The problem with prisoners is not that you are treated like an animal. Would that they had it so good! At the zoo, the animals are fed and groomed and cared for. They have value because they elicit affection from paying customers. Even slaves are in a better position, for at least they are valued to some small degree by their masters.
Prisoners, on the other hand, face a kind of metaphysical transformation. They go from being valued members of society to being treated like blobs of flesh taking up space. Their wardens see them as objects. They are abused by fellow inmates and live in a state of incredible degradation everyday.
All prisoners are therefore living amidst a kind of torture. It isn't modern. It isn't even medieval. It is contrary to all principles of civilization. Perhaps we should allow it for the most violent members of society, pending some other solution. But that doesn't apply to Madoff, and it doesn't apply to some ¾ of all the prison population.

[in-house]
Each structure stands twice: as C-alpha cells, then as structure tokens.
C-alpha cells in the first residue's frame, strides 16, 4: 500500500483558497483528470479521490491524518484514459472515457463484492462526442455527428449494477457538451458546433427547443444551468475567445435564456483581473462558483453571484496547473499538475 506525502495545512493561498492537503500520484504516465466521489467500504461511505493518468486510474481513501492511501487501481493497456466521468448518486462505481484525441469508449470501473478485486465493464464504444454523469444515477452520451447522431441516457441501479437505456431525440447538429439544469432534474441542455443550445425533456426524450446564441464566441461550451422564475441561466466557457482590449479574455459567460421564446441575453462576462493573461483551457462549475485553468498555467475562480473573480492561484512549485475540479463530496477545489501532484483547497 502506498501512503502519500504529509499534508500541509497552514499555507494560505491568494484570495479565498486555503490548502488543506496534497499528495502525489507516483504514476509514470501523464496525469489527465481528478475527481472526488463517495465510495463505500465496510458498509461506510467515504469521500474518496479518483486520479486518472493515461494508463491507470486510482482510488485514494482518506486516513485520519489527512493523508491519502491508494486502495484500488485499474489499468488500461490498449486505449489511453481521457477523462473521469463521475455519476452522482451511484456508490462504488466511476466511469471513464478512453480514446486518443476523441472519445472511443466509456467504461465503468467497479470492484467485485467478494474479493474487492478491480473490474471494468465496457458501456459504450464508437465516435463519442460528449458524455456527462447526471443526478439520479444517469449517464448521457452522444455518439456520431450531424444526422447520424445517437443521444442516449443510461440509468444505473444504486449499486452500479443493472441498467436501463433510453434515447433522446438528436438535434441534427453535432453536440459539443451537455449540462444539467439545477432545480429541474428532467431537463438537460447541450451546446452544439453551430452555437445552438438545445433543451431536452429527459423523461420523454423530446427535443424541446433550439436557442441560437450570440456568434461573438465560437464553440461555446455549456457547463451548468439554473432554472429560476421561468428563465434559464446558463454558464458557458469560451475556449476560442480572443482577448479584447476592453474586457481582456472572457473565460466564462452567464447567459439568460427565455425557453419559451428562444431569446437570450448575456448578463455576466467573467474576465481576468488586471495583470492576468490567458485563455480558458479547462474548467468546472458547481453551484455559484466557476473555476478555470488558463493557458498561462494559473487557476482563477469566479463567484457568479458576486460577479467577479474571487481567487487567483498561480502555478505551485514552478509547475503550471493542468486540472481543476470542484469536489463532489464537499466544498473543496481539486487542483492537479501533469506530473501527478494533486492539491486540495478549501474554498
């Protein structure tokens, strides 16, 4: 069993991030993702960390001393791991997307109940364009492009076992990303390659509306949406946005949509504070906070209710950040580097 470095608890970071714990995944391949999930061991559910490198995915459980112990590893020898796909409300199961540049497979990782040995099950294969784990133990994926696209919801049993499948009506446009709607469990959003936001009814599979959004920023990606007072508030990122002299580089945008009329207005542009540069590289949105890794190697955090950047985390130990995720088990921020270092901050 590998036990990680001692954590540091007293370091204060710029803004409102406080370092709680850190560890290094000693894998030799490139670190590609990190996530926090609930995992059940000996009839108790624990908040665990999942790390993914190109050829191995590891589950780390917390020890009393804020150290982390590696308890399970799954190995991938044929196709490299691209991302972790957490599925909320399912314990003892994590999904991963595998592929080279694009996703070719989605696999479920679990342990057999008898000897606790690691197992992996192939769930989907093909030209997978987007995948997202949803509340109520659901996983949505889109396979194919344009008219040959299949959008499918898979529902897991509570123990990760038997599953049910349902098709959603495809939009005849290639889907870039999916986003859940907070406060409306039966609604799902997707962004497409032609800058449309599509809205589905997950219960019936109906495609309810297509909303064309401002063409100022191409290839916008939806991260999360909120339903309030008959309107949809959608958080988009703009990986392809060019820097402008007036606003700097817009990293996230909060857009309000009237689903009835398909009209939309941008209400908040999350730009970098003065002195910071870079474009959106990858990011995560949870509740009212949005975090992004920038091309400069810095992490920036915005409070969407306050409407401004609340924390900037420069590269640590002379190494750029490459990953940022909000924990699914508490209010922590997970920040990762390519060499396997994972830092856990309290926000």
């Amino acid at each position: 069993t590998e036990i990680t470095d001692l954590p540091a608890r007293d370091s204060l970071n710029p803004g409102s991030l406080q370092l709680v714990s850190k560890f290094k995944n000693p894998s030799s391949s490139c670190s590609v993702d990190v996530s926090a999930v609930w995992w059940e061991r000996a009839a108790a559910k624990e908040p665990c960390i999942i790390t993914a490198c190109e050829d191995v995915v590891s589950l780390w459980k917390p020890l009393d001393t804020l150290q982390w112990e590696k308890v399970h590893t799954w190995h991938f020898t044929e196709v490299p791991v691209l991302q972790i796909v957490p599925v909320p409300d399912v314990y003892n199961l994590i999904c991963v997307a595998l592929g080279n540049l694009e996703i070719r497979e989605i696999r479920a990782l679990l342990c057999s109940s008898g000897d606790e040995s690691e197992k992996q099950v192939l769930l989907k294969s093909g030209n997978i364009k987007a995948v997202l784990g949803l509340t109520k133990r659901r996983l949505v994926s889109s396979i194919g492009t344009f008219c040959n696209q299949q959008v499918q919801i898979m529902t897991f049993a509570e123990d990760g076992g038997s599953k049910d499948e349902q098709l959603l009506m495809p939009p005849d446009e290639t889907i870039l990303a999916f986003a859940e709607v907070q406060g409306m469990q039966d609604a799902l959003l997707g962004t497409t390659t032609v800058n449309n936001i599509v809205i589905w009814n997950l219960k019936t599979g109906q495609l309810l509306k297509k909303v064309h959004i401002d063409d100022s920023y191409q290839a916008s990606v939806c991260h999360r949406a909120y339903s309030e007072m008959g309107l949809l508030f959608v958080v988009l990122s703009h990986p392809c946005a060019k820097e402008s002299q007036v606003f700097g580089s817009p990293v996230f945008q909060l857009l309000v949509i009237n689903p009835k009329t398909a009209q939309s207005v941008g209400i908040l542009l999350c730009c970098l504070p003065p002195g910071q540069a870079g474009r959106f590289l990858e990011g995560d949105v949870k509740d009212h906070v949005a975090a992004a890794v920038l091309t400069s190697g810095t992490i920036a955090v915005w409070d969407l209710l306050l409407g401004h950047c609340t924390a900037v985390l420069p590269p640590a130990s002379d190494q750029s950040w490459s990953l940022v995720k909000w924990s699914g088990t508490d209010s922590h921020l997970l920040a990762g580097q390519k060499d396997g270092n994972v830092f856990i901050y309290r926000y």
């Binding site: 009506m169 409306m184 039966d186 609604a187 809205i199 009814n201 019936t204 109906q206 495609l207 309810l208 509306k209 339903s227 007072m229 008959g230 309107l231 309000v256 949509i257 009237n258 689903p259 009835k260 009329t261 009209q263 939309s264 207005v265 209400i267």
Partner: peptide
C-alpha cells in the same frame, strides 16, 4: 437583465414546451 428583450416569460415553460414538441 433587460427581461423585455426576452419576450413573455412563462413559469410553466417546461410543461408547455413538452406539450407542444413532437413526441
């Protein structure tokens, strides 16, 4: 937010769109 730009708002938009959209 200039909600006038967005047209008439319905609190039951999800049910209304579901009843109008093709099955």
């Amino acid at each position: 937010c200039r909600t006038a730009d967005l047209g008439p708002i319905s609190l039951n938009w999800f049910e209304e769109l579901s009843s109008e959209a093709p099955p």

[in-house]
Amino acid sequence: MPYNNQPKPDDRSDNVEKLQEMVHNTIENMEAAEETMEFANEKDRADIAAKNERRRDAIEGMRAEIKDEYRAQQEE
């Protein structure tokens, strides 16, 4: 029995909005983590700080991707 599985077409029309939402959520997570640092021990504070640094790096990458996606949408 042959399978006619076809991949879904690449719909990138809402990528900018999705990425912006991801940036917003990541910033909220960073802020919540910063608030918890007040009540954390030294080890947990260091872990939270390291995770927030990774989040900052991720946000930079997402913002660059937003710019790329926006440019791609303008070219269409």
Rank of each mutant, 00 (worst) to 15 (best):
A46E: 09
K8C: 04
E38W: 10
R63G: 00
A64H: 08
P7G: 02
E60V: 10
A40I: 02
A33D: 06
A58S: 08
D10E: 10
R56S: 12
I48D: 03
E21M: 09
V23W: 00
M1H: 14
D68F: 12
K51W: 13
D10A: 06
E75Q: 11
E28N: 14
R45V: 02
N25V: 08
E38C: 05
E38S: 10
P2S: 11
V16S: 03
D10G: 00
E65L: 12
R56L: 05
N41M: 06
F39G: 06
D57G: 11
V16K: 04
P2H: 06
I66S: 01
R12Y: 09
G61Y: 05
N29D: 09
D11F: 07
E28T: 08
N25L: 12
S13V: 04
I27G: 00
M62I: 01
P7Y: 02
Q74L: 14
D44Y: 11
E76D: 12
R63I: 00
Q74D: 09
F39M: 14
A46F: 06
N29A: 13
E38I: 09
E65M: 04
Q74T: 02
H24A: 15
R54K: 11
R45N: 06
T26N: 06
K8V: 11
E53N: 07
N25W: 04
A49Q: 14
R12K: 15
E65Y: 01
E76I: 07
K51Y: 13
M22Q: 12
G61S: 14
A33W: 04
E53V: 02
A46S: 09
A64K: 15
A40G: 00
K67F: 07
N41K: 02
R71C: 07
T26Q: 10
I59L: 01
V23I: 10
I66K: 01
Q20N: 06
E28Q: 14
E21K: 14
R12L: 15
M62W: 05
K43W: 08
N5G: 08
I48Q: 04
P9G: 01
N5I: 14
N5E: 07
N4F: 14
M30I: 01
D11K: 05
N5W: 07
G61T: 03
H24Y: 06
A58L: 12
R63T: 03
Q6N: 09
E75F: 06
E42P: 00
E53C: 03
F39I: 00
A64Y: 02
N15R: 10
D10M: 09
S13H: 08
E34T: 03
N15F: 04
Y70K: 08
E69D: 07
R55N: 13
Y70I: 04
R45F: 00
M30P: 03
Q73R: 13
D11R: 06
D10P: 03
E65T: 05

But still, we are all supposed to feel some kind of joy at his captivity. For decades we've been told by sociologists that the real criminals in society are not muggers and murderers and rapists but rather "white-collars criminals" who are capitalists sneakily stealing money using fancy finance. They are the ones who should be in jail.
And so now, those educated by the sociologists, forever soft on real crime but oddly tough on financial crime, have their way, as the bourgeoisie cries out for vengeance against a guy whose sole victims were the rich people who were his own customers.
Can there be anyone doubt that Madoff has been set up as a scapegoat, a person on which to blame the downturn so that we will be distracted from the greatest scams of all that enjoy the cover of law?
So let us ask the unaskable: Just how unusually evil were Madoff's actions? Not that unusual. In fact, the whole notion of paying off past investors with the funds of present investors is at the very core of the Social Security system.
At least Madoff sought the consent of his investors who let him care for their money based on their own volition. And at least he didn't attempt to defend himself with the claim that he was conducting wise public policy.
Jeffrey Tucker is the editor of Mises.org.